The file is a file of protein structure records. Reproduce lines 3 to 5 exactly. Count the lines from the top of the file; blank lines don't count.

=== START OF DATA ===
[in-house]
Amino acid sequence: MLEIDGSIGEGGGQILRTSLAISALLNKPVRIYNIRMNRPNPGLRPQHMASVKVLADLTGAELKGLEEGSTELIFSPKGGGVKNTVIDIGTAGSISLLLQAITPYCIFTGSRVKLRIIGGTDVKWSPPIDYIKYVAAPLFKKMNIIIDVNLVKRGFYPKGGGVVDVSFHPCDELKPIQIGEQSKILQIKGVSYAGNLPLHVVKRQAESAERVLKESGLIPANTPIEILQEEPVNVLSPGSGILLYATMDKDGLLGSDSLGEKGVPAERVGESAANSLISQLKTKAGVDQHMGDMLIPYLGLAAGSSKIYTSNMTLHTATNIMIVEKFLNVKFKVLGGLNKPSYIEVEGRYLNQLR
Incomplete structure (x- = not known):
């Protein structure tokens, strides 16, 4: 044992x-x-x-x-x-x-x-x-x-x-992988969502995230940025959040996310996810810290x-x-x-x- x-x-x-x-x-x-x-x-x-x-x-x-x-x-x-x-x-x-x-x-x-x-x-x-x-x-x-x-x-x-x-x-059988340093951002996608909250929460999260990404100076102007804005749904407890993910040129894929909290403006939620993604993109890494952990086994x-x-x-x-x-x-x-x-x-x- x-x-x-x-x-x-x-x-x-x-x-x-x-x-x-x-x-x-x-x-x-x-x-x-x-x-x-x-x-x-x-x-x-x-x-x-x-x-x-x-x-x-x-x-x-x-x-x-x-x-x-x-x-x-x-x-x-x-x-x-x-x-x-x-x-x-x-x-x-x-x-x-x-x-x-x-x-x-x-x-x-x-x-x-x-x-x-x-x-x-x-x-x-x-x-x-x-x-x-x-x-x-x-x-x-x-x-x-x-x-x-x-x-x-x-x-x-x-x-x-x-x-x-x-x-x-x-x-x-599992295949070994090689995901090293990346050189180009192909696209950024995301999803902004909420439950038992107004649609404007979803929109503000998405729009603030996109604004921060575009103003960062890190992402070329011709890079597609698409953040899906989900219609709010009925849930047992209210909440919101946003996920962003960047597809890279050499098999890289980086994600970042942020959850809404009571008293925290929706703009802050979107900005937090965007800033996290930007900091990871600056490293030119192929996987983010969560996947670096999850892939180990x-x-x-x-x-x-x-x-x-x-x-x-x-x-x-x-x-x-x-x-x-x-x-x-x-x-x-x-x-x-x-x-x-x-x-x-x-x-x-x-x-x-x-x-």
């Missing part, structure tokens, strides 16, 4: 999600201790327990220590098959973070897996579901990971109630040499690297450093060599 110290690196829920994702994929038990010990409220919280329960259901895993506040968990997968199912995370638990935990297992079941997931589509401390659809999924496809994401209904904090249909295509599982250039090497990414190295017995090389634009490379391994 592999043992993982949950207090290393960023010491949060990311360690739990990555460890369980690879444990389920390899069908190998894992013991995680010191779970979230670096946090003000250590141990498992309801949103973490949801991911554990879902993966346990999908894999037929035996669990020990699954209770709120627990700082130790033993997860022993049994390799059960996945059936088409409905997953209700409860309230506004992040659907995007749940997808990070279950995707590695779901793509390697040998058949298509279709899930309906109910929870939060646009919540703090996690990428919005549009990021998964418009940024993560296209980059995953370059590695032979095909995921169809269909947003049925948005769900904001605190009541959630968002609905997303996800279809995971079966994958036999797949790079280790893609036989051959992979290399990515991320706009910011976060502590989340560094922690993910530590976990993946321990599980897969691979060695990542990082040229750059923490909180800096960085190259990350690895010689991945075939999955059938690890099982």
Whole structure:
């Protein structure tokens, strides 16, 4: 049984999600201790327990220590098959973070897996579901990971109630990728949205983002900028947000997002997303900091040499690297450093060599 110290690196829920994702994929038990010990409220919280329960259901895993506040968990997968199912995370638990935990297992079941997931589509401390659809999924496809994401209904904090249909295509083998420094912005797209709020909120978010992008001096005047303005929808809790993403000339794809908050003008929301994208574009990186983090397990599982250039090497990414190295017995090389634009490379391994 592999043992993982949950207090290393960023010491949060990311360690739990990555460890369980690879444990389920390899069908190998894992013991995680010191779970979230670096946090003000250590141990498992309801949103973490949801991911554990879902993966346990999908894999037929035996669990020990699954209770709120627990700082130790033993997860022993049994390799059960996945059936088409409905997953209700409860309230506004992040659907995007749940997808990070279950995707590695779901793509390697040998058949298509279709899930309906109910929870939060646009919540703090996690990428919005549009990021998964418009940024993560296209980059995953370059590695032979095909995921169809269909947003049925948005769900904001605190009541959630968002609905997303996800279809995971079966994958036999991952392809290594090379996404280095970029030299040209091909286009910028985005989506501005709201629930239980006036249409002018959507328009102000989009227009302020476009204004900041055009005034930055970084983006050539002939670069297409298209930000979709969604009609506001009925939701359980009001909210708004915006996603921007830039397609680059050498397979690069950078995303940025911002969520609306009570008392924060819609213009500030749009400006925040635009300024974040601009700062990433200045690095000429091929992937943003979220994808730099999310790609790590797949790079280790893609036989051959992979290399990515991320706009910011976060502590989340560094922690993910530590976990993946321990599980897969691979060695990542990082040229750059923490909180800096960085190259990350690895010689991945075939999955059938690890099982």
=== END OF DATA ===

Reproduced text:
Incomplete structure (x- = not known):
């Protein structure tokens, strides 16, 4: 044992x-x-x-x-x-x-x-x-x-x-992988969502995230940025959040996310996810810290x-x-x-x- x-x-x-x-x-x-x-x-x-x-x-x-x-x-x-x-x-x-x-x-x-x-x-x-x-x-x-x-x-x-x-x-059988340093951002996608909250929460999260990404100076102007804005749904407890993910040129894929909290403006939620993604993109890494952990086994x-x-x-x-x-x-x-x-x-x- x-x-x-x-x-x-x-x-x-x-x-x-x-x-x-x-x-x-x-x-x-x-x-x-x-x-x-x-x-x-x-x-x-x-x-x-x-x-x-x-x-x-x-x-x-x-x-x-x-x-x-x-x-x-x-x-x-x-x-x-x-x-x-x-x-x-x-x-x-x-x-x-x-x-x-x-x-x-x-x-x-x-x-x-x-x-x-x-x-x-x-x-x-x-x-x-x-x-x-x-x-x-x-x-x-x-x-x-x-x-x-x-x-x-x-x-x-x-x-x-x-x-x-x-x-x-x-x-x-599992295949070994090689995901090293990346050189180009192909696209950024995301999803902004909420439950038992107004649609404007979803929109503000998405729009603030996109604004921060575009103003960062890190992402070329011709890079597609698409953040899906989900219609709010009925849930047992209210909440919101946003996920962003960047597809890279050499098999890289980086994600970042942020959850809404009571008293925290929706703009802050979107900005937090965007800033996290930007900091990871600056490293030119192929996987983010969560996947670096999850892939180990x-x-x-x-x-x-x-x-x-x-x-x-x-x-x-x-x-x-x-x-x-x-x-x-x-x-x-x-x-x-x-x-x-x-x-x-x-x-x-x-x-x-x-x-």
């Missing part, structure tokens, strides 16, 4: 999600201790327990220590098959973070897996579901990971109630040499690297450093060599 110290690196829920994702994929038990010990409220919280329960259901895993506040968990997968199912995370638990935990297992079941997931589509401390659809999924496809994401209904904090249909295509599982250039090497990414190295017995090389634009490379391994 592999043992993982949950207090290393960023010491949060990311360690739990990555460890369980690879444990389920390899069908190998894992013991995680010191779970979230670096946090003000250590141990498992309801949103973490949801991911554990879902993966346990999908894999037929035996669990020990699954209770709120627990700082130790033993997860022993049994390799059960996945059936088409409905997953209700409860309230506004992040659907995007749940997808990070279950995707590695779901793509390697040998058949298509279709899930309906109910929870939060646009919540703090996690990428919005549009990021998964418009940024993560296209980059995953370059590695032979095909995921169809269909947003049925948005769900904001605190009541959630968002609905997303996800279809995971079966994958036999797949790079280790893609036989051959992979290399990515991320706009910011976060502590989340560094922690993910530590976990993946321990599980897969691979060695990542990082040229750059923490909180800096960085190259990350690895010689991945075939999955059938690890099982």